The book Yoga Sutras, Patanjali’s masterpiece, is an absolutely brilliant piece of work! It was very much on track with modern psychology. In a sense, this ancient teaching revealed that to transcend from the lower self to the higher self, we must first become familiar with our inner world. We must first acquaint ourselves with our mental chatter, inner talk, the world of our thoughts, emotions, memories, perceptions, and beliefs. That is where Swadhyaya comes into the picture.
Camera 2, please zoom in on Swadhyaya.
Oh! Swadhyaya, sweet gal! Stunningly intelligent and beautiful but sometimes also very mixed up emotionally and so complicated! Wait, am I the only one who sees her like this? Okay, okay, okay … objectively, she is all about introspection, self-awareness, self-knowledge, and self-reflection.
Swadhyaya can be defined as a witness-like attitude of our mental processes. It is when we can see things as they are: naked, clear, and free from obscurations. Shall we say this is the idealized and rosy picture? Yes! Yes, a million times, yes.
The truth is many barriers undermine self-insight: bias, misconceptions about ourselves, skewed judgments are the first stumbling blocks. Shall I go on?
Yet, our biggest barrier may be that much of our minds are inaccessible, hidden in the subconscious. In other words, even if we could go past the first stumbling block in our introspections, we will still be unable to access certain mental processes and attributes. We play on the surface of the water without knowing how deep the iceberg goes. Here comes the iceberg again. Guess who used that analogy to outline the difficulty of having direct access to the workings of our minds? Sigmund Freud. The first and perhaps the last guy who ever said, “We need to talk.”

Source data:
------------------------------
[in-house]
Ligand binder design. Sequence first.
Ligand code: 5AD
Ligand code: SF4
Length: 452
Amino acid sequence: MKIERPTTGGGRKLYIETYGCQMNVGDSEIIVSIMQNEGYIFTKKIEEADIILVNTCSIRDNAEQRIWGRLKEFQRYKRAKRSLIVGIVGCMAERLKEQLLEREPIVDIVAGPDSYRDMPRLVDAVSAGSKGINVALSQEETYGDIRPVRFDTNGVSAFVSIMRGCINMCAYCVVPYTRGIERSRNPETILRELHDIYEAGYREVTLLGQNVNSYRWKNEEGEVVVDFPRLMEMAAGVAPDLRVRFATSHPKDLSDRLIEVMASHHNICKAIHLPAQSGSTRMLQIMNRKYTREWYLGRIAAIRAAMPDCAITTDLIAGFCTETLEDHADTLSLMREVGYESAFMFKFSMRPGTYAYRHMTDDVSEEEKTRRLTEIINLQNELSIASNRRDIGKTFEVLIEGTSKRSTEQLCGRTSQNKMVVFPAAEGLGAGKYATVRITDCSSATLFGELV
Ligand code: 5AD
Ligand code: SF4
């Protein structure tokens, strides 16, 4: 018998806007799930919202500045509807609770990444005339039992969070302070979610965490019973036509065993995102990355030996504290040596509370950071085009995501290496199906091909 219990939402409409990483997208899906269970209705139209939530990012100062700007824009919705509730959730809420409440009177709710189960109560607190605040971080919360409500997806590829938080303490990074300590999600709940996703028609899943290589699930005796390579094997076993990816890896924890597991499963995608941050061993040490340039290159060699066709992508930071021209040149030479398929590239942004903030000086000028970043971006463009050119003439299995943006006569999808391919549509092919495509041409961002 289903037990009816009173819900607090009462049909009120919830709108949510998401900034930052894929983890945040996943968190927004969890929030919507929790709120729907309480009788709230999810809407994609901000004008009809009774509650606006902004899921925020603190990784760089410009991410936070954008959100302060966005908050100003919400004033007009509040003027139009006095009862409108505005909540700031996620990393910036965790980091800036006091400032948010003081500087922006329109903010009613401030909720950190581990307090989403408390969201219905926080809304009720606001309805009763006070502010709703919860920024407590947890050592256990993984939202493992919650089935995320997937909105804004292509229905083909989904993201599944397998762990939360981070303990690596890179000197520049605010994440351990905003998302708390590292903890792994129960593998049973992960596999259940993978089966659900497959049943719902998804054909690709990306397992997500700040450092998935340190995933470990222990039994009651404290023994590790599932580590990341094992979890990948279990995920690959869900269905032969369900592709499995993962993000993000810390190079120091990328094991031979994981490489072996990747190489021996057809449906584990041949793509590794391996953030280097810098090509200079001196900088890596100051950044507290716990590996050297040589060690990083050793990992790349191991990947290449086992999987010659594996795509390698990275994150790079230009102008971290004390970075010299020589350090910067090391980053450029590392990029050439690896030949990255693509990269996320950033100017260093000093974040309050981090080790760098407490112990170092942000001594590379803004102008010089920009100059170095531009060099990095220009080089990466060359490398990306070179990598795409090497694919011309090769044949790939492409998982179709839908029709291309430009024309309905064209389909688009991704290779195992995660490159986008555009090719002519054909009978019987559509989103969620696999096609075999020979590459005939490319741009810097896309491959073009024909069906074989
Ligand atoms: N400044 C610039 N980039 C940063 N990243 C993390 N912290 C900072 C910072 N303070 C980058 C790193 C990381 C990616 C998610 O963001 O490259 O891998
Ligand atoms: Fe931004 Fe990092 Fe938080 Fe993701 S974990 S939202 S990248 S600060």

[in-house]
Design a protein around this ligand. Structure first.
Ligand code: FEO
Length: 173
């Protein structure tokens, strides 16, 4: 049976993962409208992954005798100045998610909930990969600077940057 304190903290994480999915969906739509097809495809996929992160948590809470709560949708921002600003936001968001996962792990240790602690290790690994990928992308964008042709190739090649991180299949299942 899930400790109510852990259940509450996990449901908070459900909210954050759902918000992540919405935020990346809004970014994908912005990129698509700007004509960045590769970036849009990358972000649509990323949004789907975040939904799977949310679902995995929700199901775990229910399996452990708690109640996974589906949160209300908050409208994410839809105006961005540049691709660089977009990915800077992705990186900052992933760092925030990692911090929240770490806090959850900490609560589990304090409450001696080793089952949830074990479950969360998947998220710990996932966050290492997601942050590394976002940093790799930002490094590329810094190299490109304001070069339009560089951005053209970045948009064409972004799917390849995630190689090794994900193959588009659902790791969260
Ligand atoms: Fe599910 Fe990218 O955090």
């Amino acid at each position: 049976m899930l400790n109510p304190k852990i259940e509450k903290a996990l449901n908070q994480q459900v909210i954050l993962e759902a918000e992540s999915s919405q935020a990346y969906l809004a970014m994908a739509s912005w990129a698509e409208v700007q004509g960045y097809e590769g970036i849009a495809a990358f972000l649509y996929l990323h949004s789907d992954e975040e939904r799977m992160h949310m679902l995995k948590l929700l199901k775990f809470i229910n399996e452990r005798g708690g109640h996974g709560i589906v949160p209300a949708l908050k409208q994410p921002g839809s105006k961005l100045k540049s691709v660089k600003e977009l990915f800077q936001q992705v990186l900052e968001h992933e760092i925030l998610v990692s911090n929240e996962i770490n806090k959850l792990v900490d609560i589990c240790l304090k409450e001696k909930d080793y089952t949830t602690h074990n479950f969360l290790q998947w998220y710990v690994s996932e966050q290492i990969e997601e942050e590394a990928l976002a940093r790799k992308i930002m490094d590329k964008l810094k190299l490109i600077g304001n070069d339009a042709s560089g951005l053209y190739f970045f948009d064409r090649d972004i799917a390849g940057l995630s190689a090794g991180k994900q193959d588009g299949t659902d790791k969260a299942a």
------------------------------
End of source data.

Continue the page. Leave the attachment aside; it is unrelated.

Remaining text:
According to Freud, the conscious mind that consists of all the mental processes we are aware of, is the tip of the iceberg. Moreover, by nature, our mental lives are unconscious like the majority of an iceberg hidden from view underwater. Freud claimed that it is hard or even impossible to tap into our own mental processes.
However, Freud might have missed one thing: yoga. It is possible to use yoga and meditation as a special detox for our subconscious. With conscious yogic techniques, together with the serious practice of becoming aware of one’s own thoughts, it is actually possible to rewire our brains and work through the subconscious mind. It is a training — mental training, which does not require getting punched in the torso, doing one-armed pushups, or climbing 72 steps like Rocky Balboa. This training will only challenge you to take a step outside of yourself and watch whatever is going on like a movie.
This training may take you to the final scene of “Matrix” when you break free from your mind. Neo steps into his true power the moment he stopped believing the agents to be real and froze their bullets. Likewise, you can choose to free yourself.
It means you must stop seeing your thought pattern as significant.
It means choosing at every moment not to be overwhelmed and overpowered by the programs of your mind.
It also means experiencing whatever life throws at you without being swayed by it, which in itself is the definition of yoga.
Life is a Bollywood/Hollywood/Nollywood movie. Yes, I mean that. It’s nothing to be taken too seriously. Remain unmoved and unaffected by whatever appears. Watch your own personal movie as a witness, because — spoiler alert! — none of us are getting out of this life alive.
That’s all folks. The end.